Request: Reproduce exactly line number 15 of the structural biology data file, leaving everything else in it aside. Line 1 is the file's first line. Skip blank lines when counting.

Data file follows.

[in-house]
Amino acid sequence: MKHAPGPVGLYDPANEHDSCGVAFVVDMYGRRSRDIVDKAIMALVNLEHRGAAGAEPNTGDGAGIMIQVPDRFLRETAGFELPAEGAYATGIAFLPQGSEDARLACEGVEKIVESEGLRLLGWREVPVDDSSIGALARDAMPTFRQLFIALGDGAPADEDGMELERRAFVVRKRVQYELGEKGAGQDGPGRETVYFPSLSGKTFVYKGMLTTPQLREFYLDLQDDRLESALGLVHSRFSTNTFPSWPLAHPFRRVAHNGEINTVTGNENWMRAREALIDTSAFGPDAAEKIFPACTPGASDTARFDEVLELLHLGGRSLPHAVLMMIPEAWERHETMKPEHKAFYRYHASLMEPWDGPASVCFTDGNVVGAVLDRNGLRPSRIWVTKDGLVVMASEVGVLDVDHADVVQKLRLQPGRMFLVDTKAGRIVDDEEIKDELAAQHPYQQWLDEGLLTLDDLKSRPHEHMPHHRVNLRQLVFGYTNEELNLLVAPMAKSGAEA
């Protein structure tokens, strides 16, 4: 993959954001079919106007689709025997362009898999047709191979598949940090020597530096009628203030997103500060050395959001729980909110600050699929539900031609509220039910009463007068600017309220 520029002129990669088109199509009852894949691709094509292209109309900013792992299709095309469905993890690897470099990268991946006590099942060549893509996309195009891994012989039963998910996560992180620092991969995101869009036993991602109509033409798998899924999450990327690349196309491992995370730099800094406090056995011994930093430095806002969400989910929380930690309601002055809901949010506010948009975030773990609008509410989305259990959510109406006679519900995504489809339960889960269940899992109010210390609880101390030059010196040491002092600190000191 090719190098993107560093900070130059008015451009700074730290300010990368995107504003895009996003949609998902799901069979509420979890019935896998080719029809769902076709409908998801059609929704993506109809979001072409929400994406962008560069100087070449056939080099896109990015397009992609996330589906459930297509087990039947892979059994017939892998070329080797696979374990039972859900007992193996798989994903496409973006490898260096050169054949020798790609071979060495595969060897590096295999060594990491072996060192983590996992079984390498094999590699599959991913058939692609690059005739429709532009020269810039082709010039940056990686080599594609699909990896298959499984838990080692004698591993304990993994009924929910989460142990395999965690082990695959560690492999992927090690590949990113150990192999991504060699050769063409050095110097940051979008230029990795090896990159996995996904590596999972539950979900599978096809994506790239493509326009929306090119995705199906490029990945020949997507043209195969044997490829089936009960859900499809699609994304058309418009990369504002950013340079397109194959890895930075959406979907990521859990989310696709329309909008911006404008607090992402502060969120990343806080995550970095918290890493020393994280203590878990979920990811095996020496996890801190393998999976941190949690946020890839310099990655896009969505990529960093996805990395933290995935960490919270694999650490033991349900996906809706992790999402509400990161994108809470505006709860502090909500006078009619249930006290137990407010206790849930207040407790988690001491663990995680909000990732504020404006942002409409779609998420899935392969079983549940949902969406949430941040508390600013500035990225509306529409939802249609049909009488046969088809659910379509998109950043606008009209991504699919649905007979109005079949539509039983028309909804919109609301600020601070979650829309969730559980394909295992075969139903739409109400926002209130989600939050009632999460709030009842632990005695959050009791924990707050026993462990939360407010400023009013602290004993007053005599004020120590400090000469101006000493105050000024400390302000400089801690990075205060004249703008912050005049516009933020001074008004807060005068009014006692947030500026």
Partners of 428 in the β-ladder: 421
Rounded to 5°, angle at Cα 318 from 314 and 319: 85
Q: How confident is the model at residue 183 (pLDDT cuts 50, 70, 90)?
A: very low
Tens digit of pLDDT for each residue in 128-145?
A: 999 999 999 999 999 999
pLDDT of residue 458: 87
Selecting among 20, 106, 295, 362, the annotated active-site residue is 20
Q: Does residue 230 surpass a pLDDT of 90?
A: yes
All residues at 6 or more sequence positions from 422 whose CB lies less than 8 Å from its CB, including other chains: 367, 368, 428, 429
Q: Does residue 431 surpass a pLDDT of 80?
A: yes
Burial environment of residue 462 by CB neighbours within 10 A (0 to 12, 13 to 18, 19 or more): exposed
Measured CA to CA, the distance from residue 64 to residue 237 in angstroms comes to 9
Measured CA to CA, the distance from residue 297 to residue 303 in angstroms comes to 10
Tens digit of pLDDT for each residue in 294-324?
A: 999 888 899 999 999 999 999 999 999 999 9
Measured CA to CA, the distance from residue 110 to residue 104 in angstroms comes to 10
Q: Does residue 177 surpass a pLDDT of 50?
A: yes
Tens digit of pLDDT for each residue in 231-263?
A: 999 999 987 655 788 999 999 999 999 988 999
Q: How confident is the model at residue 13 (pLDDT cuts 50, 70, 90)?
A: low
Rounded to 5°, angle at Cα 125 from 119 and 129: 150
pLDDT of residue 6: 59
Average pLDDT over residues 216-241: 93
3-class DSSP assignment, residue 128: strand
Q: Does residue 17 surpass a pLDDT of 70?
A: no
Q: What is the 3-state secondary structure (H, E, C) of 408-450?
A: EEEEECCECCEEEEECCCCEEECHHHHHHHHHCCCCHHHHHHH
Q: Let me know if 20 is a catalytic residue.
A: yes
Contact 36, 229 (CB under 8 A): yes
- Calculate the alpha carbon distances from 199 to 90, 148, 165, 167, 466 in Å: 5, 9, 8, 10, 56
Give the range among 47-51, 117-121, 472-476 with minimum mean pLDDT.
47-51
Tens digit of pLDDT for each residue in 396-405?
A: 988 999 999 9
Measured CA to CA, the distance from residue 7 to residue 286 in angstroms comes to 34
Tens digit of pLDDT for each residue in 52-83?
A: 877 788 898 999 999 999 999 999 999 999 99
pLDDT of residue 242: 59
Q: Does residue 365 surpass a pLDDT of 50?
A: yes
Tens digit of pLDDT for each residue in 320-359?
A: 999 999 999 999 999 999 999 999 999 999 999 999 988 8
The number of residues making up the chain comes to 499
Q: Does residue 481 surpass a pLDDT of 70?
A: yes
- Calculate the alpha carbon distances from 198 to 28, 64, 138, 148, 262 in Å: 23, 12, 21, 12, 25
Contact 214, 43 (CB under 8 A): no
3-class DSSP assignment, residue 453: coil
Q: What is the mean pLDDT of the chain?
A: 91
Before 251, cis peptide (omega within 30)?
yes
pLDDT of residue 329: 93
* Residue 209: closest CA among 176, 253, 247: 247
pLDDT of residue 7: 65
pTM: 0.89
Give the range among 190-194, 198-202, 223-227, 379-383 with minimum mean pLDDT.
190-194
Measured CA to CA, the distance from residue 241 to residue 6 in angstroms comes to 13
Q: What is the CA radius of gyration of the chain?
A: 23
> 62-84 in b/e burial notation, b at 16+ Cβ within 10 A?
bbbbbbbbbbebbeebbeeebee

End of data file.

Q: Does residue 431 surpass a pLDDT of 80?